Summer Internship Difficulties
If you are anything like me and have previously completed an internship, then you would probably understand my rationale. If not, then I might simply be perceived as a complainer or someone who refuses to accept responsibility. Nevertheless, I ask that you read what I have to say and make a conscious effort to put yourself in my shoes before my experience is disregarded.
Why Do I Do Internships?
As an aspiring scientist and engineer, I have always had a challenging time applying the concepts learned in the classroom to real world applications. This skill is extremely important because as engineers, we accept tons of responsibility and incorrect application of the conceptual ideas can put not only the environment but also the lives of many at risk. While having a firm theoretical understanding is important, innovation is limited if you cannot apply it. Internships provide the perfect opportunities not only to develop key skills, they also strengthen technical abilities, and can build overall confidence.
In regards to building confidence, depending on your work conditions, internships also have the opposite effect; but only if you accept defeat. This summer I interned in the chemical engineering field. Having just finished my junior year, I was a bit intimidated to work with knowledgable engineers. I always feared that my nerves would leave an impression that I simply just did not get engineering. Nevertheless, you typically overcome any insecurities after the first week.
Meet My Mentor
Alright so initially, I am as eager as a young pup waiting for its milk soaked puppy chow. I am accepting and applying corrections, asking questions, and trying to mimic how the engineers that work in my department think. My eagerness did not last long however, as I began to lose confidence regarding my work situation. Have you ever worked under someone who was so eager to be in a authoritative position that they try their best to show you who is B.O.S.S? That’s how I felt about my mentor.
I tried my best to appreciate his knowledge but over time, I began to question if he was really being genuine. Obviously, he is technically knowledgeable since he has been working at one of the large oil and gas companies in the world for several years. Nevertheless, there came a point when I would think to myself, “Is he purposefully trying to confuse me? Is everything I say really that obscured?” After this happened several times, I was completely dejected; nevertheless, I continue to follow his directions and plastered a grin on my face. Just to help you paint a picture, my mentor was a pretty young guy. He actually graduated three years ago. While the other new hires admired and glorified him, I found him to be very arrogant; but hey, that’s my personal problem. This perception stemmed from one of our initial interactions. I remember not having clear work directions so I tried to speak to ask my supervisor for clarification. My mentor then told me, “ You need to speak to me first before anyone else; there is a hierarchy in industry that needs to be followed.” Hmmmm… I am sure there is, but summer interns are encouraged to speak with their supervisors. I am not saying what he said was inappropriate but he tone was often very condescending.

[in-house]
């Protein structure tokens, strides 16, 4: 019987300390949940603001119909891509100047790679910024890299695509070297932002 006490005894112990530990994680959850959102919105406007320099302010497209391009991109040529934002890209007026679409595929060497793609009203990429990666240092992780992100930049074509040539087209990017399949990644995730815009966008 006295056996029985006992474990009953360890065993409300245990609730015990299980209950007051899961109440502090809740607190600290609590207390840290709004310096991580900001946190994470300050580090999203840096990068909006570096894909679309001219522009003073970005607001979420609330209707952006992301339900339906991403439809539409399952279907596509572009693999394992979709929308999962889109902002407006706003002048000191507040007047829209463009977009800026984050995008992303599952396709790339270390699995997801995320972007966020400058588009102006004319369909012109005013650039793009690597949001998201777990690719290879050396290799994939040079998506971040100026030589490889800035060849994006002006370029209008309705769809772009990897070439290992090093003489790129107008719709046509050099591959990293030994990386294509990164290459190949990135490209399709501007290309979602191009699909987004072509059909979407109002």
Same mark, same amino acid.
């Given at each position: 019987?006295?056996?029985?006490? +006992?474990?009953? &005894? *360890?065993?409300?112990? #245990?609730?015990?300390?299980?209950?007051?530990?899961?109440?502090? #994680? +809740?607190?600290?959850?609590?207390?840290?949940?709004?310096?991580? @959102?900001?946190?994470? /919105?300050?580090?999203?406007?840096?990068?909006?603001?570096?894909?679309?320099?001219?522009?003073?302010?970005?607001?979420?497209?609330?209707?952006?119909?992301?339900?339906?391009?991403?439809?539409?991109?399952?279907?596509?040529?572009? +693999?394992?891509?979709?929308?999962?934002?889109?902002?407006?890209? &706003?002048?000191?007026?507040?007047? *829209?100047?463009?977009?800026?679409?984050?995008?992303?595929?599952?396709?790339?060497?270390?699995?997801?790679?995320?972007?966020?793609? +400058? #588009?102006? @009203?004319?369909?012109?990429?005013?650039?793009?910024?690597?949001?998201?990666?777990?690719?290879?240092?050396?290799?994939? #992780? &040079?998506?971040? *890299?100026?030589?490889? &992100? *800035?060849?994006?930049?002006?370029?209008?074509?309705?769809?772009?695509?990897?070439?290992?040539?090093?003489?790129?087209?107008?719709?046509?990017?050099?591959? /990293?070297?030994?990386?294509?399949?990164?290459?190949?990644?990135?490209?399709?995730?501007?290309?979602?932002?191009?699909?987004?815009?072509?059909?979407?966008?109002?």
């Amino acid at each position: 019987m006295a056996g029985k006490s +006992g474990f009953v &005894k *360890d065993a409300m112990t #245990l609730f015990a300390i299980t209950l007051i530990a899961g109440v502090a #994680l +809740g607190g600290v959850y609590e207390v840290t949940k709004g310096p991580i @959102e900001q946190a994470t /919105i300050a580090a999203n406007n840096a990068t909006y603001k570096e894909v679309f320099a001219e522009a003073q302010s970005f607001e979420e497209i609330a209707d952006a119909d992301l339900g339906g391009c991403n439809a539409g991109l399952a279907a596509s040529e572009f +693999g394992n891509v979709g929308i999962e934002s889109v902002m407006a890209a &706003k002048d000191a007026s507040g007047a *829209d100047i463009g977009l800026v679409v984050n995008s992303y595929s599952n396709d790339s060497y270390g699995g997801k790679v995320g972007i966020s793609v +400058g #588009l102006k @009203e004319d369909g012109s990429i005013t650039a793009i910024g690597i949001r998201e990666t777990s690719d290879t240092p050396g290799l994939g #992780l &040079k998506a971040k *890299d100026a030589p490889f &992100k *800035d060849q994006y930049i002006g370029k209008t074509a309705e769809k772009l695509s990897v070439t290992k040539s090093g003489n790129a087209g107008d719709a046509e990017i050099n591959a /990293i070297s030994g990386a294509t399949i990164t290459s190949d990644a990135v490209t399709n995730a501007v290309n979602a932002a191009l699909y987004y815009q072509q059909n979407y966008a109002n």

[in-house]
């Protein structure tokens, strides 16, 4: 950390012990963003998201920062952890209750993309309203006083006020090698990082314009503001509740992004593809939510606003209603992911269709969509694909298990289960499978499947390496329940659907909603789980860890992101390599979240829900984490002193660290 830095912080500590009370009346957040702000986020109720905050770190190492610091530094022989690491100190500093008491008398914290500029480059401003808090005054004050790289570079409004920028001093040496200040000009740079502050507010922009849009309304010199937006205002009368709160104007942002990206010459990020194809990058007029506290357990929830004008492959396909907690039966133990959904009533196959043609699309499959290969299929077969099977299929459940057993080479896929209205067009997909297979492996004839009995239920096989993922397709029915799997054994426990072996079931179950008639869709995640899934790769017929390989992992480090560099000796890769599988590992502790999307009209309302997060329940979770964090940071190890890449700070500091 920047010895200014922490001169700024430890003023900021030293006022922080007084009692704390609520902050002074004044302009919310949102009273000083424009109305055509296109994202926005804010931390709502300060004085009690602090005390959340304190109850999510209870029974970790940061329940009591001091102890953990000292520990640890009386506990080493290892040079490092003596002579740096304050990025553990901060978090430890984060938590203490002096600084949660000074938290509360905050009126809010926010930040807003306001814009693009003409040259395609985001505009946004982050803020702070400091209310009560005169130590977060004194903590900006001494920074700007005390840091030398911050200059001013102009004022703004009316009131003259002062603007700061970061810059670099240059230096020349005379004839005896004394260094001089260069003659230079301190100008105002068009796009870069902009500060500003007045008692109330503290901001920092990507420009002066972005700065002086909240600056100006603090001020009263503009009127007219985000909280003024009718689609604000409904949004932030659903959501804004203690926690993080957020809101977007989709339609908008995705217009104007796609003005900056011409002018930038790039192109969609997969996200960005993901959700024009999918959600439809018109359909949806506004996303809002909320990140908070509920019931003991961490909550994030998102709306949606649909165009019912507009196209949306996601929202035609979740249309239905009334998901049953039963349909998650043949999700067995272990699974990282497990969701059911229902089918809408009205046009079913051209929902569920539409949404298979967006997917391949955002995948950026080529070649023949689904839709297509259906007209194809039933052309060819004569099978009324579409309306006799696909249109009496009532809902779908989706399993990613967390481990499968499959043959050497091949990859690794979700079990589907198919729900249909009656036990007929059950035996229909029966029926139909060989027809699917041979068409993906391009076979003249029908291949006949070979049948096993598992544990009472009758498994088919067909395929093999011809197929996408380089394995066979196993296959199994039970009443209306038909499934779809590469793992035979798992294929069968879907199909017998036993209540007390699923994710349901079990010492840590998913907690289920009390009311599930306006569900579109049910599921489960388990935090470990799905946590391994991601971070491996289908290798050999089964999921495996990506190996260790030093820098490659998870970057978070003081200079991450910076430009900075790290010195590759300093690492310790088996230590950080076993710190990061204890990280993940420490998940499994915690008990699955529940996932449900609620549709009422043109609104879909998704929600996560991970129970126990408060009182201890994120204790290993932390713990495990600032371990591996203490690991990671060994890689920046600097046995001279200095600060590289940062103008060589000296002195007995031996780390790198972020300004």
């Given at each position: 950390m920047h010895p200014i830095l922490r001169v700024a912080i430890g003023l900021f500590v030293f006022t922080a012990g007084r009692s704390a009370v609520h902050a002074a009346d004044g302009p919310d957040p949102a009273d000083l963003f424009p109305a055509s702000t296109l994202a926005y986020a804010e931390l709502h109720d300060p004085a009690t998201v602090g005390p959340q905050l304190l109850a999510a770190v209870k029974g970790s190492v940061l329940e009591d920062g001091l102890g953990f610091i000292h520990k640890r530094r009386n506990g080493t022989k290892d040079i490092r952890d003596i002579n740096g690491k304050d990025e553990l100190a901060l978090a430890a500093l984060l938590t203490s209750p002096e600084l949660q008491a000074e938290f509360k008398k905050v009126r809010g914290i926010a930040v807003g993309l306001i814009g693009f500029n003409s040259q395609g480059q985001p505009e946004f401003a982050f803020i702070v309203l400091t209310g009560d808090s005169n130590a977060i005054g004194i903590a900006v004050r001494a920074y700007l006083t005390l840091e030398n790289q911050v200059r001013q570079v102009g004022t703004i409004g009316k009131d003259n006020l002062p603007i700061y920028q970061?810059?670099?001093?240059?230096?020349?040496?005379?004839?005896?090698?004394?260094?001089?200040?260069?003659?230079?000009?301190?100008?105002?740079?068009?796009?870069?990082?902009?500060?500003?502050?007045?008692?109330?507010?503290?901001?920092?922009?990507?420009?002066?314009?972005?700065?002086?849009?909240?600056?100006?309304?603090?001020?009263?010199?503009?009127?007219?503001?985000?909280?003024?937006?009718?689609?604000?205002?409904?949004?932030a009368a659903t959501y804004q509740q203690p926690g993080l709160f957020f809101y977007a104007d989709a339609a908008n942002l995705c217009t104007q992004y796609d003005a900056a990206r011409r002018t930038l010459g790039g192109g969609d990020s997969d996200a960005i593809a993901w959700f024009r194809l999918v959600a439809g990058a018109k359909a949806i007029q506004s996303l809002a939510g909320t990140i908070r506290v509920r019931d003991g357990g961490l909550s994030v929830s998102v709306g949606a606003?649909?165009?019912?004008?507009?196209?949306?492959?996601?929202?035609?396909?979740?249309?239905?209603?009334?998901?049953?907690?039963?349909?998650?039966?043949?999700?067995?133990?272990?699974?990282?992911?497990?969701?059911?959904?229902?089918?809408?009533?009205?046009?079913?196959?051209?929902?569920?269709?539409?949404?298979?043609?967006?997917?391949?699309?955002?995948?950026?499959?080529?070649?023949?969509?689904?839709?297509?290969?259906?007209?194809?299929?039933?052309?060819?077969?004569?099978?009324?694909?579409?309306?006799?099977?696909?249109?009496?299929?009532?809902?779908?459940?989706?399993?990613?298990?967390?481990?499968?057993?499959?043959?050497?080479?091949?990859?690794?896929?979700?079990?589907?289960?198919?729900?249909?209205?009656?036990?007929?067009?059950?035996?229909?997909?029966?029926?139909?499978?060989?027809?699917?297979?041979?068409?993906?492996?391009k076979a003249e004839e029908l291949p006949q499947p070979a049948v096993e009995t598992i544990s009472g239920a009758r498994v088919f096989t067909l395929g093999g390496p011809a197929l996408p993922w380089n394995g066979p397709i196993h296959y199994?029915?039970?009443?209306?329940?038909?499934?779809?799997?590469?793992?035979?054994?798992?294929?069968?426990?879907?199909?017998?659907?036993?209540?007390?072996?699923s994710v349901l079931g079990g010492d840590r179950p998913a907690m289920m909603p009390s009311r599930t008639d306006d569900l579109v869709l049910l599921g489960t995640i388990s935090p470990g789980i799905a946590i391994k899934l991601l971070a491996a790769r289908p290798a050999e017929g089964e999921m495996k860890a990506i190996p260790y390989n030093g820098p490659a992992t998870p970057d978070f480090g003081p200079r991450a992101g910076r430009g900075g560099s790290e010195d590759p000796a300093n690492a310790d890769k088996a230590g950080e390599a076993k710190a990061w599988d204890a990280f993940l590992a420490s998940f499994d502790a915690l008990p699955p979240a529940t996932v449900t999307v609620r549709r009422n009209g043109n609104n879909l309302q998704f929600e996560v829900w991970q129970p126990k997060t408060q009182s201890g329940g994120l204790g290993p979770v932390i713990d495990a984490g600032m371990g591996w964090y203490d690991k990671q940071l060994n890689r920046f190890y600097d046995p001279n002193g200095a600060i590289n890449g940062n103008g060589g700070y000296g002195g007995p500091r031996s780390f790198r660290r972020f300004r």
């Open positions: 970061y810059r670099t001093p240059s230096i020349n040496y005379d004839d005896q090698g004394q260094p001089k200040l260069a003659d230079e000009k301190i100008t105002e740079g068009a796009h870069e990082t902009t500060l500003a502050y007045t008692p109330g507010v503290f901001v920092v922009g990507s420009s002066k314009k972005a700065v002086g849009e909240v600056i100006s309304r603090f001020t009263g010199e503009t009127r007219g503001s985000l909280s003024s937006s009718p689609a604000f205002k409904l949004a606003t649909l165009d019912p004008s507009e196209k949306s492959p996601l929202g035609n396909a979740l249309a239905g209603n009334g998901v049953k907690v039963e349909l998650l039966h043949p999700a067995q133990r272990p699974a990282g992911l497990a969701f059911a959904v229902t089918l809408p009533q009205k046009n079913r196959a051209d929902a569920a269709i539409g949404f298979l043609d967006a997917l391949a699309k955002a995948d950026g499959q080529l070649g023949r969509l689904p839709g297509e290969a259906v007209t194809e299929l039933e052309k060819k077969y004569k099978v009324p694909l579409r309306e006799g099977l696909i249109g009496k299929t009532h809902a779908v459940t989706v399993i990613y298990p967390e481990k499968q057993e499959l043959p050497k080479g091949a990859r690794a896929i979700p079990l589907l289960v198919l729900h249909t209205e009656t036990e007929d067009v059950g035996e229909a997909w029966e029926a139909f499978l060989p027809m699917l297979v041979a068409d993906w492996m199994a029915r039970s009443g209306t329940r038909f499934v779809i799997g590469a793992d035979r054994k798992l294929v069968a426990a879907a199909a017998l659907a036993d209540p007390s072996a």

During my evaluations, I accepted the criticism with an open mind. However, I realized that my superior was actually ridiculing me, or at least that is how I felt. He told me that “they” were all surprised that someone who was majoring in applied math was using linear regression. I was using regression because that is what I understood the instructions to be an also recommended by another scientist. It was the fact that he said “they were all surprised” that made me really feel like these people were gathering around and talking about me, which was probably not the case. He also told me I made myself seem greater than I actually was! I was taken back by this, as I was always very forthcoming with what I did not know. How do you respond to this without making seeming defensive? How do you not let this affect the rest of your experience?
What Do You Do?
After much deliberation, I spoke to my supervisor because I was under the impression that he also said these things. While I expressed that I thought some of the things said were very unprofessional and unjustified, he later told me I was very defensive! I simply expressed my surprise at the comment. I remember working nights trying to make sense of my assignment, asking for help and not really receiving any until our backs were against the wall. In the end, it was a very valuable experience and I was actually exposed to real engineering applications for the first time, which is what I’ve always wanted.
What would you have done if you were in my position?
What do you think I should have done differently?
Have you ever had a similar experience?
I look forward to hearing from you!